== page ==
This piece at Daily Kos took me back: stock-for-services swaps aren’t just unAmerican, but actually Marxist:
Daily Kos: What the UAW Made
Indeed, it was Reuther’s UAW that established the dÃ©tente between organized labor and capitalists that engendered — or at least facilitated — the unprecedented post-war gains in both productivity and household income. By settling the 1950 Big Three contract, which became known as the “Treaty of Detroit,” the UAW exacted gains for its members that allowed them to move firmly into a new middle class, with retirement and health security as the cornerstones of the new prosperity. In exchange, big business obtained a sense of relief, as the Treaty of Detroit represented a new, thoroughly American unionist approach to collective bargaining that eschewed the Marxist demand for ownership of the means of production. The right wing extremists who would begin their takeover of the Republican Party twenty years later excoriated the deal as creeping socialism, and Communists pilloried Reuther and the UAW as capitalist lackeys and sellouts. But as the radicals fumed, the nation prospered, and the hardworking men and women of the UAW — and subsequently, the rest of blue-collar America, both union and non-union — reaped the benefits of a mature labor peace that saw workers get their piece of the capitalist pie.
My initial reaction on reading this was to title a post, “UAW: Actually stupid.” By that logic, I thought, much of the venture capital industry is in the hands of rapacious Marxists who provide services in exchange for stock (that is, ownership of the means of production).
Then I realized why the UAW avoided attempting to align the interests of the workers and the company, why the United Auto Workers would avoid compensation schemes that would put an increasing number of shares in workers’ (or even the Union’s) hands:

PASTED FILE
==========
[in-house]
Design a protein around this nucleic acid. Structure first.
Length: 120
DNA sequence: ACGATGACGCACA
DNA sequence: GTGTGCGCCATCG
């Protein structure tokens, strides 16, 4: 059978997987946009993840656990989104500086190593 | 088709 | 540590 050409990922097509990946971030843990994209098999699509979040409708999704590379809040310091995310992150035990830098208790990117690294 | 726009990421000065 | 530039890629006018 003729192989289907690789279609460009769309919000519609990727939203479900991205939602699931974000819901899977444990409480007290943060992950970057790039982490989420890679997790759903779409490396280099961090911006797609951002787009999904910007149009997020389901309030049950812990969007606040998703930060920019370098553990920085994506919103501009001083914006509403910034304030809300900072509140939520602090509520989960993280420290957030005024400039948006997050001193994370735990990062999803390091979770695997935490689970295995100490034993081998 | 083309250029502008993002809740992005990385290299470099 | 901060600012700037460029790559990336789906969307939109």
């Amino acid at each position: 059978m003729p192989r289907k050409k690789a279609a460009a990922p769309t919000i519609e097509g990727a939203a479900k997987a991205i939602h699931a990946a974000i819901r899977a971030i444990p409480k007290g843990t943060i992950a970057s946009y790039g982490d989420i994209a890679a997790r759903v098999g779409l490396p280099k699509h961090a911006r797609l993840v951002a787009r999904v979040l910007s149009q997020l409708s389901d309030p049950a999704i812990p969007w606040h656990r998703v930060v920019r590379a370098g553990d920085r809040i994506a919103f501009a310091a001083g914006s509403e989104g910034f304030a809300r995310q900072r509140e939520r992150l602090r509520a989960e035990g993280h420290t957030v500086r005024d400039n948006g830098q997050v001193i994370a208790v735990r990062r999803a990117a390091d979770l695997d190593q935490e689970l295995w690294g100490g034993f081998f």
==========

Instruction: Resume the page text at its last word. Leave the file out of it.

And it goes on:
They were waiting for the Bush bailout.
If the UAW had negotiated contracts in the 1950s, 1960s, and 1970s that had enabled it to slowly take a pivotal capital stake in the company, the UAW would eventually face a point where the interest of workers and shareholders were entangled. This would be great for workers, because from work rules to health care benefits, whether a service was provided to an employee by the United Auto Workers or General Motors would be only an academic distinction.
The problem with this is that as employees would be receiving benefits from the company at both ends (as stockholders and employees), trade-offs would have to be faced. The UAW would be responsible for its own future.
Instead, the UAW decided to take an adversarial view against the Detroit 3. The UAW attempted to bleed the owners of the company dry through crazy contracts and even crazier strikes. Because the UAW did not own GM, it did not have to worry about the pain this caused stockholders. Even better, the UAW assumed that if GM went bankrupt, now investors would be found to wipe out the old ones. In 2008, this new investor was George Bush. In 2009, it may be Barack Obama.
The UAW strategy over the past two or three generations have assumed that if ever things got really bad, the taxpayer would subsidize their contracts. Under George Bush, their assumption has proved right.
Let’s hope that in 2009, Barack Obama proves them wrong.